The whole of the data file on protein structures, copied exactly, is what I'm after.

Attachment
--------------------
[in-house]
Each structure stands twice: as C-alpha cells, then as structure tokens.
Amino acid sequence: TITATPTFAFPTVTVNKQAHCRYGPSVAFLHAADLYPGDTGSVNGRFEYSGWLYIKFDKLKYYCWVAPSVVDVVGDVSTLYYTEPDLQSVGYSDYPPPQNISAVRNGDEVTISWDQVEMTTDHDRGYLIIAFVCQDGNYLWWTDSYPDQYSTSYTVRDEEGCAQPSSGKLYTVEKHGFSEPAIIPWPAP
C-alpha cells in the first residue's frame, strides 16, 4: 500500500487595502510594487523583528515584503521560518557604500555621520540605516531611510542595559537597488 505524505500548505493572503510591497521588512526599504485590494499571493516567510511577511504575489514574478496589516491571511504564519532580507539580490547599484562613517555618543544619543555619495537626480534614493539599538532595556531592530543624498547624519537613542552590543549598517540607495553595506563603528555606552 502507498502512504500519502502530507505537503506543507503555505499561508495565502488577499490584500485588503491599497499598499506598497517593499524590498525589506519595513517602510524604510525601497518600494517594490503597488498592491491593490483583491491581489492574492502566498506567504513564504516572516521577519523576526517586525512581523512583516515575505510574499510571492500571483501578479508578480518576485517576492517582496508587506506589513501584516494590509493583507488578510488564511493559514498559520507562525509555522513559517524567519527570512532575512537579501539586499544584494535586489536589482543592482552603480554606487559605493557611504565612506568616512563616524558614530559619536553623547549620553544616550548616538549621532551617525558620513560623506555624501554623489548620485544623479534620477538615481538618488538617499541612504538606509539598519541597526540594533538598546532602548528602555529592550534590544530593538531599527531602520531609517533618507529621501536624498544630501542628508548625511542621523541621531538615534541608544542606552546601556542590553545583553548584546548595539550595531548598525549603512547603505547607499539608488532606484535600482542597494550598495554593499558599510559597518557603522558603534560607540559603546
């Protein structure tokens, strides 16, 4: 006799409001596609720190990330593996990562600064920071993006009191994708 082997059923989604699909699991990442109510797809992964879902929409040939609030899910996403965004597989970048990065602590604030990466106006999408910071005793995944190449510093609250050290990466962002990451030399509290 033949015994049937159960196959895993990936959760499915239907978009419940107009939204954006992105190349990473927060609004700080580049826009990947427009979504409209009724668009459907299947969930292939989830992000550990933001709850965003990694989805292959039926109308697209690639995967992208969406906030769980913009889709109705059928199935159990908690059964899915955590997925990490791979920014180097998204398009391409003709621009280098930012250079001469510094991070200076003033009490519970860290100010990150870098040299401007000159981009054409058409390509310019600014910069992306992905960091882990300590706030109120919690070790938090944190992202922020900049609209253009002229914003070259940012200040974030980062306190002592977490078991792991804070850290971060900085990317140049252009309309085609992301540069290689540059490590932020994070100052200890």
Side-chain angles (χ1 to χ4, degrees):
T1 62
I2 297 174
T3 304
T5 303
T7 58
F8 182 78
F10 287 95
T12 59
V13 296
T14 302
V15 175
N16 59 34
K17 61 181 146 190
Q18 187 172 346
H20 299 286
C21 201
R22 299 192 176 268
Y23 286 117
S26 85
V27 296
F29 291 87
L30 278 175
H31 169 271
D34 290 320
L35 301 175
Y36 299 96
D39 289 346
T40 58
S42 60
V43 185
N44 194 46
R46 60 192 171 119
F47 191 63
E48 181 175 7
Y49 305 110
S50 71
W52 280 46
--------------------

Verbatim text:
[in-house]
Each structure stands twice: as C-alpha cells, then as structure tokens.
Amino acid sequence: TITATPTFAFPTVTVNKQAHCRYGPSVAFLHAADLYPGDTGSVNGRFEYSGWLYIKFDKLKYYCWVAPSVVDVVGDVSTLYYTEPDLQSVGYSDYPPPQNISAVRNGDEVTISWDQVEMTTDHDRGYLIIAFVCQDGNYLWWTDSYPDQYSTSYTVRDEEGCAQPSSGKLYTVEKHGFSEPAIIPWPAP
C-alpha cells in the first residue's frame, strides 16, 4: 500500500487595502510594487523583528515584503521560518557604500555621520540605516531611510542595559537597488 505524505500548505493572503510591497521588512526599504485590494499571493516567510511577511504575489514574478496589516491571511504564519532580507539580490547599484562613517555618543544619543555619495537626480534614493539599538532595556531592530543624498547624519537613542552590543549598517540607495553595506563603528555606552 502507498502512504500519502502530507505537503506543507503555505499561508495565502488577499490584500485588503491599497499598499506598497517593499524590498525589506519595513517602510524604510525601497518600494517594490503597488498592491491593490483583491491581489492574492502566498506567504513564504516572516521577519523576526517586525512581523512583516515575505510574499510571492500571483501578479508578480518576485517576492517582496508587506506589513501584516494590509493583507488578510488564511493559514498559520507562525509555522513559517524567519527570512532575512537579501539586499544584494535586489536589482543592482552603480554606487559605493557611504565612506568616512563616524558614530559619536553623547549620553544616550548616538549621532551617525558620513560623506555624501554623489548620485544623479534620477538615481538618488538617499541612504538606509539598519541597526540594533538598546532602548528602555529592550534590544530593538531599527531602520531609517533618507529621501536624498544630501542628508548625511542621523541621531538615534541608544542606552546601556542590553545583553548584546548595539550595531548598525549603512547603505547607499539608488532606484535600482542597494550598495554593499558599510559597518557603522558603534560607540559603546
């Protein structure tokens, strides 16, 4: 006799409001596609720190990330593996990562600064920071993006009191994708 082997059923989604699909699991990442109510797809992964879902929409040939609030899910996403965004597989970048990065602590604030990466106006999408910071005793995944190449510093609250050290990466962002990451030399509290 033949015994049937159960196959895993990936959760499915239907978009419940107009939204954006992105190349990473927060609004700080580049826009990947427009979504409209009724668009459907299947969930292939989830992000550990933001709850965003990694989805292959039926109308697209690639995967992208969406906030769980913009889709109705059928199935159990908690059964899915955590997925990490791979920014180097998204398009391409003709621009280098930012250079001469510094991070200076003033009490519970860290100010990150870098040299401007000159981009054409058409390509310019600014910069992306992905960091882990300590706030109120919690070790938090944190992202922020900049609209253009002229914003070259940012200040974030980062306190002592977490078991792991804070850290971060900085990317140049252009309309085609992301540069290689540059490590932020994070100052200890």
Side-chain angles (χ1 to χ4, degrees):
T1 62
I2 297 174
T3 304
T5 303
T7 58
F8 182 78
F10 287 95
T12 59
V13 296
T14 302
V15 175
N16 59 34
K17 61 181 146 190
Q18 187 172 346
H20 299 286
C21 201
R22 299 192 176 268
Y23 286 117
S26 85
V27 296
F29 291 87
L30 278 175
H31 169 271
D34 290 320
L35 301 175
Y36 299 96
D39 289 346
T40 58
S42 60
V43 185
N44 194 46
R46 60 192 171 119
F47 191 63
E48 181 175 7
Y49 305 110
S50 71
W52 280 46